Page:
- Author: Paula Pashby
I recently attended a Zoom meeting, ‘Kitchen Garden Chat', hosted by UCCE Master Gardener-Yolo, Treva Valentine. In this monthly class, Treva discusses and answers questions about anything edible that can be harvested or planted during the month the class meets.
I was initially uncertain about what January gardening would bring, so I was pleasantly surprised when Treva spoke about microgreens; the deliciously edible seedlings of a wide assortment of vegetables, such as radish, broccoli, celery, spinach, and more. Even better, they are packed full of nutrients. Microgreens can be used in a small salad and are a delicious complement to many other dishes, such as a chicken stir-fry, varieties of pasta, and stacked sandwiches.
I learned that microgreens can be grown outdoors in a small, protected greenhouse. However, it may be best to grow them indoors where the temperature can be controlled and more constant. Treva recommends providing microgreens with at least 4 hours of sunlight or artificial lighting. The more hours of light, the faster they will grow. If you do use artificial light, do not exceed use past 18 hours, since plants need at least a few hours of darkness to simulate natural planting and grow in length while seeking light.
To get started, Treva recommends:
- Shallow tray with a dome to retain humidity.
- 1 to 1.5 inches of lightweight, sterile growing medium, like seed starter, germination mix, or a homemade mixture of materials like perlite and coco coir.
- Seeds: begin with smaller seeds and make sure they are safe (certified organic seeds).
- If using larger seeds, soak them for at least 4-6 hours to help loosen the seed coat to begin the germination process.
- Sprinkle a lot of seeds onto the soil - the seeds can touch each other.
- Apply a light dusting of the soil medium over the seeds.
- Water the seeds using a gentle stream – a spray bottle usually does the trick.
- The soil needs good drainage, so put something underneath the tray to capture the water.
- Warming pad: put the seed container on top of the warming pad, and make sure it is plugged in and turned on since the seeds need warmth, not necessarily the sun, to propagate.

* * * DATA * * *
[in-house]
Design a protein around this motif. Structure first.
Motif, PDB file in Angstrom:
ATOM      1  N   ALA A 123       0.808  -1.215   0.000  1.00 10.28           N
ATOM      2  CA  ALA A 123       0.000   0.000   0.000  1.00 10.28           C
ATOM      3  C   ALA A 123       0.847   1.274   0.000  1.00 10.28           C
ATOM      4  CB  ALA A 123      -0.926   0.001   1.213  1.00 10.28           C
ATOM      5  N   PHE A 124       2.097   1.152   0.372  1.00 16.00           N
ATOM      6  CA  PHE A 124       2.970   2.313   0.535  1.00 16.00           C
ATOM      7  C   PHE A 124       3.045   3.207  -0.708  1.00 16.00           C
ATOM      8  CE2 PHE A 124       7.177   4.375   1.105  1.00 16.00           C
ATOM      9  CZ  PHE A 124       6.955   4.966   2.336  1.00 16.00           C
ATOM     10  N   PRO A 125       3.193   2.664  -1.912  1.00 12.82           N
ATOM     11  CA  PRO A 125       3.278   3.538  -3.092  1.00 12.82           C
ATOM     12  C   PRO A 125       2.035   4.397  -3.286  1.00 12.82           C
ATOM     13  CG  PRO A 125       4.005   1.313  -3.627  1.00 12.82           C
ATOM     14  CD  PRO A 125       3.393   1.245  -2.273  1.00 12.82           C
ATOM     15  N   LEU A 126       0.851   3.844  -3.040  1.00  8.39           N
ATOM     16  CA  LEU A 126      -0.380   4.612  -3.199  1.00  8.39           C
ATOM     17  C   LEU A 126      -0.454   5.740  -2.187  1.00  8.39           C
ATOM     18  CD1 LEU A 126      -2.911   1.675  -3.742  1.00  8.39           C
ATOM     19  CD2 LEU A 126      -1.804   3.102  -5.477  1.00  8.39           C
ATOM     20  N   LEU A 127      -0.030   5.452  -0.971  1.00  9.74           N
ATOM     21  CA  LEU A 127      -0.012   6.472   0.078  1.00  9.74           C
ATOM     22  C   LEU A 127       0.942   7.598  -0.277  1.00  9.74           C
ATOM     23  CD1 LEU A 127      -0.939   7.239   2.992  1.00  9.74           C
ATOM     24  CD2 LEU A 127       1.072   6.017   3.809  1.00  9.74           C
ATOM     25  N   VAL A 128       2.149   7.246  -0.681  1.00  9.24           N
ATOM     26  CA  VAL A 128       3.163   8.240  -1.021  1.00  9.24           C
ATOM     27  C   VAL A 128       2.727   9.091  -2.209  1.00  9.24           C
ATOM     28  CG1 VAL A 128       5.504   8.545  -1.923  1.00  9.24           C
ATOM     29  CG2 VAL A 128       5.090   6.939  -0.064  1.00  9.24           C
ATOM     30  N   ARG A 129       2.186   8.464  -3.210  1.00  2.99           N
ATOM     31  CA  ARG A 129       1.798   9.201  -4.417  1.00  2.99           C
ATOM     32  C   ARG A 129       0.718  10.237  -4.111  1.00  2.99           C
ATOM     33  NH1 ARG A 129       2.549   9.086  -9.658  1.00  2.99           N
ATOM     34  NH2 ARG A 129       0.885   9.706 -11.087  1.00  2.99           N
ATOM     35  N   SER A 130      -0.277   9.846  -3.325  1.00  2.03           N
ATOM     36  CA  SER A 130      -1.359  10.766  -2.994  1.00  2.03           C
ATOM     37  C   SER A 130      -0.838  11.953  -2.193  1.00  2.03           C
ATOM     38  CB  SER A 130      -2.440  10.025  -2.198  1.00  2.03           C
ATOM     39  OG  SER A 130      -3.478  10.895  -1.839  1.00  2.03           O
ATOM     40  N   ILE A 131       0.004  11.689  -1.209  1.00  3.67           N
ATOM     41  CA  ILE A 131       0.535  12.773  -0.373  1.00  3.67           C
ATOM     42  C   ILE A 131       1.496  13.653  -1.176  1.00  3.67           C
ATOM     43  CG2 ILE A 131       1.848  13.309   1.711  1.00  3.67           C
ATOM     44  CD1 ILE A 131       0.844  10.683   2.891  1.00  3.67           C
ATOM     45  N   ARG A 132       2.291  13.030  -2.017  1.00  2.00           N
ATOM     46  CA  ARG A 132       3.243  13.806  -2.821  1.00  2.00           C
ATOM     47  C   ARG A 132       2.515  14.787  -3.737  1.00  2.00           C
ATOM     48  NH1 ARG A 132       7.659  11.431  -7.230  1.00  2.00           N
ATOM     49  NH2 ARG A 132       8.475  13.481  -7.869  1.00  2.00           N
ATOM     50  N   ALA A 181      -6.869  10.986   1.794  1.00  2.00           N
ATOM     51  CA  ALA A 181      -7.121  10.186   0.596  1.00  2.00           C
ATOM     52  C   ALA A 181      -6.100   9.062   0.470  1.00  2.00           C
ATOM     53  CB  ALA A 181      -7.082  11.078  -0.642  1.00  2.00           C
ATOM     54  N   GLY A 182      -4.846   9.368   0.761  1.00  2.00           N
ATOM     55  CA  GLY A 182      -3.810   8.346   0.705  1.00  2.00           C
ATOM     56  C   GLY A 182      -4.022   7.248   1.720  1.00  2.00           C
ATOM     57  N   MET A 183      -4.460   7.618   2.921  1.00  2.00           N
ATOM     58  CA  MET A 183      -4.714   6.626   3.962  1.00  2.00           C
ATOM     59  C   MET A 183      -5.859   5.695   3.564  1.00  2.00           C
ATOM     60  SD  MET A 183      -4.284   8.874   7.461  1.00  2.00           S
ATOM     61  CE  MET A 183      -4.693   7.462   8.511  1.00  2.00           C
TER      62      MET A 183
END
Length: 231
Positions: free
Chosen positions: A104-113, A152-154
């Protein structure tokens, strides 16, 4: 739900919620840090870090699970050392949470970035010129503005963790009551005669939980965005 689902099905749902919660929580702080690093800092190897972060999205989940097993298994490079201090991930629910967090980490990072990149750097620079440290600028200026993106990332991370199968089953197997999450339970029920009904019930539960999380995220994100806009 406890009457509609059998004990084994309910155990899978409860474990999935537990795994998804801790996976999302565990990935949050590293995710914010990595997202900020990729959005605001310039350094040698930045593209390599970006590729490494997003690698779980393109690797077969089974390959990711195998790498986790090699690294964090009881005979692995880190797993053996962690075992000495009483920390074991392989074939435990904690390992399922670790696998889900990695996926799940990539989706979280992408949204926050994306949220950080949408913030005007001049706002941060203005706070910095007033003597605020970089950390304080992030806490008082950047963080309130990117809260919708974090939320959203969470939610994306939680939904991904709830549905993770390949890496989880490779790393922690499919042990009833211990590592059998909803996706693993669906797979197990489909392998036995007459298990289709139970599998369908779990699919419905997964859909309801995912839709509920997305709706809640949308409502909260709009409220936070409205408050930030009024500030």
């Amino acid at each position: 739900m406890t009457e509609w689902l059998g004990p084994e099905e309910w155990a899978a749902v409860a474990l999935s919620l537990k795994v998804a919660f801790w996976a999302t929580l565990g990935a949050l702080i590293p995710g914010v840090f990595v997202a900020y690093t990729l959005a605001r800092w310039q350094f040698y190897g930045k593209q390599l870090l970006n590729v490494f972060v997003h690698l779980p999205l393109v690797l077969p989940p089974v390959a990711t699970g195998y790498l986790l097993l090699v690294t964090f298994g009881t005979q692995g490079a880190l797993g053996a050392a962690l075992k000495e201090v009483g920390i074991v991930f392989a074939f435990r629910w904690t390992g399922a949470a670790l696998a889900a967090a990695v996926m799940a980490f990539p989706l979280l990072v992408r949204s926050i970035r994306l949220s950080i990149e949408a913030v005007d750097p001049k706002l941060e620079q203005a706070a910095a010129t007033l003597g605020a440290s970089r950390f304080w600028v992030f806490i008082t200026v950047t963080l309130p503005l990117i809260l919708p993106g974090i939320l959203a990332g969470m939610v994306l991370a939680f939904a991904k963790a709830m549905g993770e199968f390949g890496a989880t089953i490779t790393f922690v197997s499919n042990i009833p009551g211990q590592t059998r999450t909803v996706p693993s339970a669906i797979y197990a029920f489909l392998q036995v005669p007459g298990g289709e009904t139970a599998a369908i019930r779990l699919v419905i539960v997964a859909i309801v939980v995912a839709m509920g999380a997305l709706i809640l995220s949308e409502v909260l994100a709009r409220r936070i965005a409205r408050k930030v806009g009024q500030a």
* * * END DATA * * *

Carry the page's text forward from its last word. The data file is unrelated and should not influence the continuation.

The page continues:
- Once the first seed begins to sprout, provide a light source, such as placing on a bright windowsill or an artificial grow light.
- Depending on the type of seeds, they usually take 2-3 days to germinate and should be ready to harvest in 2-3 weeks.
- It is time to harvest when the first 1-3 true leaves emerge after the first two leaves (cotyledon) appear.
- Cut the microgreens (cotyledon included) around one inch above the soil line and wash to remove soil.
- Unlike ‘cut and come again' lettuces that pop back up after cutting, once you clip the microgreens they are done; so, if you would like a consistent supply, plant seeds every few weeks.
- Microgreens are not the best for storing, but you can place them in an airtight resealable plastic bag or container and store them in the refrigerator. Keep dry by placing them between paper towels.
Here are some easy to grow microgreens to consider:
o Radish – grows especially fast and has a slight peppery flavor.
o Broccoli – mild and somewhat bitter flavor.
o Clover – both nutty and sweet flavor.
o Celery – strong celery flavor.
o Spinach – has a lighter taste than its mature leaves.
o Arugula – mild flavor compared to the mature leaves.
o Pea – has a wonderful, nutty flavor and tends to taste like sweet, summer peas.
Having a winter garden of microgreens is a simple task and easy to cycle through a variety of tasty choices during the month. I hope you can explore this gardening option and discover yummy combinations of flavors this season.
Treva's Kitchen Garden Chat is currently via Zoom every first Saturday, except for October, which is on the second Saturday – through November, 2022.
Zoom link: https://ucanr.zoom.us/j/98028723763. Hope to see you there!